A debut thriller that offers a fresh, modern twist on the classic “locked room” mystery novel, for readers of Noah Hawley and Jeffery Deaver
The rules are simple.
But the game is not.
At eleven years old, Morgan Sheppard solved the murder of a teacher when everyone else believed it to be a suicide. The publicity surrounding the case laid the foundation for his reputation as a modern-day Sherlock Holmes. He parlayed that fame into a gig as TV’s “resident detective,” solving the more typical tawdry daytime talk show mysteries like “Who is the father?” and “Is he cheating?”
Until, that is, Sheppard wakes up handcuffed to a bed in an unfamiliar hotel room. Around him, five strangers are slowly waking up, as well. Soon they discover a corpse in the bathtub and Sheppard is challenged to put his deductive skills to the test. One of the people in the room is the killer. He has three hours to solve the murder. If he doesn’t find the killer, they all will die.
An ingenious, page-turning debut, Chris McGeorge’s Guess Who matches the high-wire plotting of classic “locked room” mysteries into the unstoppable pacing of the modern-day thriller.
Review: 4 Stars
Guess Who is a title that I have had for months, but just recently decided to read. I love playing detective when reading murder mystery novels and I saw that this one was classified as a whodunit mystery, meaning one that the reader can figure out. While reading I tried really hard to figure the mystery out, but I didn’t guess correctly. Guess Who reminded me of the Saw movies. A celebrity detective, Morgan Sheppard, and 5 other people were locked in a hotel room with a dead body and Morgan Sheppard was given three hours to figure out who the murderer was. As clues were uncovered and ties to the victim were questioned I found myself more and more captivated with this story. This is a fabulous debut for Chris McGeorge.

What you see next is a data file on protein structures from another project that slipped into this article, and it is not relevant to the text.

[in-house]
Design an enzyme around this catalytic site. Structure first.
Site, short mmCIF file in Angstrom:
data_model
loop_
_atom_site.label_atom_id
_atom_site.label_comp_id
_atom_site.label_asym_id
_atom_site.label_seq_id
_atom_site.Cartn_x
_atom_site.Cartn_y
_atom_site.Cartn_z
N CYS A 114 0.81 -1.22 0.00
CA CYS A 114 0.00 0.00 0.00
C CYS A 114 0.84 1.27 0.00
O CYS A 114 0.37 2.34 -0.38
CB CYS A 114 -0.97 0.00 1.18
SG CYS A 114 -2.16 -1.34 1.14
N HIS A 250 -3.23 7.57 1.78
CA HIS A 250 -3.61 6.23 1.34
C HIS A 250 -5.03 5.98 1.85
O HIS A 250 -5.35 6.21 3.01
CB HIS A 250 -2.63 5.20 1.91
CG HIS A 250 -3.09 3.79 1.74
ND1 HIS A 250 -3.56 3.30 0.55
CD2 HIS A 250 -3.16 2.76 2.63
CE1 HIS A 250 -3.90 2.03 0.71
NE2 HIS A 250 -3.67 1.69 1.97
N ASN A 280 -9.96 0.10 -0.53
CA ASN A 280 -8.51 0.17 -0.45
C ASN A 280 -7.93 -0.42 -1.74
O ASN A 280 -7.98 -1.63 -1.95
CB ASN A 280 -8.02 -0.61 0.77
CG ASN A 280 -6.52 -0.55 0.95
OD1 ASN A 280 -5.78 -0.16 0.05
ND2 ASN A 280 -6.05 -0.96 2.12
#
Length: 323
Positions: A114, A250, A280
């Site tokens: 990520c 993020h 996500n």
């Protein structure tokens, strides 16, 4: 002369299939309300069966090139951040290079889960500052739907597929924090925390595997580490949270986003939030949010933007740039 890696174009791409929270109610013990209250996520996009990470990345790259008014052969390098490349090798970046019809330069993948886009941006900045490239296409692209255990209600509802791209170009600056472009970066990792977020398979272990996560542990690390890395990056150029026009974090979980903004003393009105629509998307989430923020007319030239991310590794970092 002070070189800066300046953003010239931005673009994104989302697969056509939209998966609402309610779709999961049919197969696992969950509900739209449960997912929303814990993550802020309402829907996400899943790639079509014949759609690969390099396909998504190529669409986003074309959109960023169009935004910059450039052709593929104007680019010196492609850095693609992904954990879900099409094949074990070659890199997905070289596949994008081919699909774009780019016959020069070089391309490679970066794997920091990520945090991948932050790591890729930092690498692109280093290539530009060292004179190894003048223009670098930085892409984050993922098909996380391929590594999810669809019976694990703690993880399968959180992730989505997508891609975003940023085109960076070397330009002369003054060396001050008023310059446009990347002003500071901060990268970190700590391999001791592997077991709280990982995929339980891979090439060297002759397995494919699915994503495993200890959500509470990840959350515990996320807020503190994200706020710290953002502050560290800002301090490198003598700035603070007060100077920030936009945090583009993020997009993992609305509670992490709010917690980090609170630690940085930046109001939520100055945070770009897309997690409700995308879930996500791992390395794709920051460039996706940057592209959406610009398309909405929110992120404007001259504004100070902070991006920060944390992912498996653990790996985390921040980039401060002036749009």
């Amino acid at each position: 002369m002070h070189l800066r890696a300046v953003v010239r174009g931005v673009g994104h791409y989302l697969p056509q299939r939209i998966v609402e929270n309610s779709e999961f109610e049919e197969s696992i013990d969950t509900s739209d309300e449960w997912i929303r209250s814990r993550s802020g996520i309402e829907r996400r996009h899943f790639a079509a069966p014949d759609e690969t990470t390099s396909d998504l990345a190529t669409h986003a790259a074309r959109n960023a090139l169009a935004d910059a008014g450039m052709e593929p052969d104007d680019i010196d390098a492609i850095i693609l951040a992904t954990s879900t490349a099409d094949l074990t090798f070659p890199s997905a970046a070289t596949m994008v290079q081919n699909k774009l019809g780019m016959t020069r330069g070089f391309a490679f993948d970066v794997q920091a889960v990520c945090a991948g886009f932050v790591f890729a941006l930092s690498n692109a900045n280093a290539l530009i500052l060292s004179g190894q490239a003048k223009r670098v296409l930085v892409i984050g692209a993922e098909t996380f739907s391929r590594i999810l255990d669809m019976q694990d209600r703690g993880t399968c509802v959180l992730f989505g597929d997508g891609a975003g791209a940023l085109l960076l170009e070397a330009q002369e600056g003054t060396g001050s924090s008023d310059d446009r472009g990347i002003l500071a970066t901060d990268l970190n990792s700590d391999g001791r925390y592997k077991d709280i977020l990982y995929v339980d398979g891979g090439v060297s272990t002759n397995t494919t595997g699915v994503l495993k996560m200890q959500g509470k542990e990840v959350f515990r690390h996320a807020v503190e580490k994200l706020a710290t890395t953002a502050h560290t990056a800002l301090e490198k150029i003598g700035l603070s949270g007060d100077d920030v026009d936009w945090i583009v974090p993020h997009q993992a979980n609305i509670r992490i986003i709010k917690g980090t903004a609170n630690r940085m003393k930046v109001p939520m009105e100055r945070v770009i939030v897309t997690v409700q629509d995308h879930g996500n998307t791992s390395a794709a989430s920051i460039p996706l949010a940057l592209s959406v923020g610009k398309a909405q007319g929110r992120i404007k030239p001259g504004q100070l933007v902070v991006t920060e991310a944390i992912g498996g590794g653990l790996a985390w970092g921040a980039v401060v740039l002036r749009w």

The characters were pretty interesting. Morgan Sheppard was a very morally grey character, which I love to read about. He had a love of fame and didn’t really care who he stepped on to get it. He was extremely flawed and a well written character, even if I found myself not liking him all the time, I did relate to him because he was so imperfect, so human. The story also included flashbacks to his past, which really helped with character development and a few clues to the mystery as well.
The plot was really riveting. I loved the way everything was laid out and I played detective while reading, highlighting and taking notes on parts that I thought could be clues. I actually wound up highlighting a big clue that I didn’t see for everything that it was. I was so disappointed that I didn’t solve it once I realized that the answer was right under my nose. Guess Who was a lot of fun to read and try to solve. I haven’t read a ton of whodunit mysteries, as I have focused more on psychological thrillers and cozy mysteries lately, but with this introduction to the genre I would love to explore it further in the future.
If you love to play Sherlock Holmes while reading mysteries I would highly recommend reading this book. It started off feeling a bit like Saw, but is certainly more of a mystery than a horror novel. The morally questionable lead character and a mystery that could actually be solved if you pay close enough attention really made this book stand out in the mystery genre. I had a lot of fun reading this novel and can’t wait to see what Chris McGeorge will write next.